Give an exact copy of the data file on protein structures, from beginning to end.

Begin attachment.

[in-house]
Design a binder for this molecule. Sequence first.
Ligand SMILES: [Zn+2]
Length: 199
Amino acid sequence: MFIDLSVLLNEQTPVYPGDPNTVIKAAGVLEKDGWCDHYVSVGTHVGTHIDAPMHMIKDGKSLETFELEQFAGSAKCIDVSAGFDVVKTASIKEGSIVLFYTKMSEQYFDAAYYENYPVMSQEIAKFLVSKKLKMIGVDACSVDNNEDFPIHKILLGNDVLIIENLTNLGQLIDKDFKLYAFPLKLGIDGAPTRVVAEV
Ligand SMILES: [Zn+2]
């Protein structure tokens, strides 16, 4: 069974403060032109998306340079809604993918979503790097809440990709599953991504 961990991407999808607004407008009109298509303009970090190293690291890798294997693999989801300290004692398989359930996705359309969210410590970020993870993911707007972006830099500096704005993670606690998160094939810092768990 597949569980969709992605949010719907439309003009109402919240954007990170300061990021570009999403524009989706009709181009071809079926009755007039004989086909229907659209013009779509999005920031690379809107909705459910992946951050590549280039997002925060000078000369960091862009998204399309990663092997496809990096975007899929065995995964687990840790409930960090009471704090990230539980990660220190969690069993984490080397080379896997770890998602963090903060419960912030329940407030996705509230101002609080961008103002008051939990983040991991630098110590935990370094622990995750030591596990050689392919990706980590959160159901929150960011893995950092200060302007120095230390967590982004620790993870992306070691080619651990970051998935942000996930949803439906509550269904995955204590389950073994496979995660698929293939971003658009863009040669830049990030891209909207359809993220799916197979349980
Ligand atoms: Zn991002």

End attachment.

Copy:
[in-house]
Design a binder for this molecule. Sequence first.
Ligand SMILES: [Zn+2]
Length: 199
Amino acid sequence: MFIDLSVLLNEQTPVYPGDPNTVIKAAGVLEKDGWCDHYVSVGTHVGTHIDAPMHMIKDGKSLETFELEQFAGSAKCIDVSAGFDVVKTASIKEGSIVLFYTKMSEQYFDAAYYENYPVMSQEIAKFLVSKKLKMIGVDACSVDNNEDFPIHKILLGNDVLIIENLTNLGQLIDKDFKLYAFPLKLGIDGAPTRVVAEV
Ligand SMILES: [Zn+2]
């Protein structure tokens, strides 16, 4: 069974403060032109998306340079809604993918979503790097809440990709599953991504 961990991407999808607004407008009109298509303009970090190293690291890798294997693999989801300290004692398989359930996705359309969210410590970020993870993911707007972006830099500096704005993670606690998160094939810092768990 597949569980969709992605949010719907439309003009109402919240954007990170300061990021570009999403524009989706009709181009071809079926009755007039004989086909229907659209013009779509999005920031690379809107909705459910992946951050590549280039997002925060000078000369960091862009998204399309990663092997496809990096975007899929065995995964687990840790409930960090009471704090990230539980990660220190969690069993984490080397080379896997770890998602963090903060419960912030329940407030996705509230101002609080961008103002008051939990983040991991630098110590935990370094622990995750030591596990050689392919990706980590959160159901929150960011893995950092200060302007120095230390967590982004620790993870992306070691080619651990970051998935942000996930949803439906509550269904995955204590389950073994496979995660698929293939971003658009863009040669830049990030891209909207359809993220799916197979349980
Ligand atoms: Zn991002």